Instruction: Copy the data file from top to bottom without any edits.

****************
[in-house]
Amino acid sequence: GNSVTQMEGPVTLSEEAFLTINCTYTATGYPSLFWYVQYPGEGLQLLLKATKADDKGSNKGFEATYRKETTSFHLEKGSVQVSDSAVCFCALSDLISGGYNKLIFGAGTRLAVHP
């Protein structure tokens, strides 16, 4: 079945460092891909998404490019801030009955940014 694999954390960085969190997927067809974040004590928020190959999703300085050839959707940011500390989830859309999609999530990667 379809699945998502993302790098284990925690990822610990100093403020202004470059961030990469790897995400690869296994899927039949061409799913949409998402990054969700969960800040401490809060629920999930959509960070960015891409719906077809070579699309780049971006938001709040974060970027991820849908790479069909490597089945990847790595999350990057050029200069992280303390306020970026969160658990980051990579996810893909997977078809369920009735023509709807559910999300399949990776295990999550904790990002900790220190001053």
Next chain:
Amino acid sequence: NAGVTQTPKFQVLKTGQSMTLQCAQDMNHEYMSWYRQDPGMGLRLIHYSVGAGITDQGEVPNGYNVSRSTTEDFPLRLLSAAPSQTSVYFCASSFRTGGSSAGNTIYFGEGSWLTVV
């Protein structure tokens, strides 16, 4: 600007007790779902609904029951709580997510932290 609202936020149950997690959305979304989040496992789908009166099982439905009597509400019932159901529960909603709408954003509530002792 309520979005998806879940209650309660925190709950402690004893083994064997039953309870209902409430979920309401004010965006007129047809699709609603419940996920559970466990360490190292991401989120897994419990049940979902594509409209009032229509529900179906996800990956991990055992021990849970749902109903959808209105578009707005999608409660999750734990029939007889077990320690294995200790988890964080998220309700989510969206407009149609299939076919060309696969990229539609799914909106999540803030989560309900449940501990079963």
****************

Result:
[in-house]
Amino acid sequence: GNSVTQMEGPVTLSEEAFLTINCTYTATGYPSLFWYVQYPGEGLQLLLKATKADDKGSNKGFEATYRKETTSFHLEKGSVQVSDSAVCFCALSDLISGGYNKLIFGAGTRLAVHP
């Protein structure tokens, strides 16, 4: 079945460092891909998404490019801030009955940014 694999954390960085969190997927067809974040004590928020190959999703300085050839959707940011500390989830859309999609999530990667 379809699945998502993302790098284990925690990822610990100093403020202004470059961030990469790897995400690869296994899927039949061409799913949409998402990054969700969960800040401490809060629920999930959509960070960015891409719906077809070579699309780049971006938001709040974060970027991820849908790479069909490597089945990847790595999350990057050029200069992280303390306020970026969160658990980051990579996810893909997977078809369920009735023509709807559910999300399949990776295990999550904790990002900790220190001053």
Next chain:
Amino acid sequence: NAGVTQTPKFQVLKTGQSMTLQCAQDMNHEYMSWYRQDPGMGLRLIHYSVGAGITDQGEVPNGYNVSRSTTEDFPLRLLSAAPSQTSVYFCASSFRTGGSSAGNTIYFGEGSWLTVV
């Protein structure tokens, strides 16, 4: 600007007790779902609904029951709580997510932290 609202936020149950997690959305979304989040496992789908009166099982439905009597509400019932159901529960909603709408954003509530002792 309520979005998806879940209650309660925190709950402690004893083994064997039953309870209902409430979920309401004010965006007129047809699709609603419940996920559970466990360490190292991401989120897994419990049940979902594509409209009032229509529900179906996800990956991990055992021990849970749902109903959808209105578009707005999608409660999750734990029939007889077990320690294995200790988890964080998220309700989510969206407009149609299939076919060309696969990229539609799914909106999540803030989560309900449940501990079963």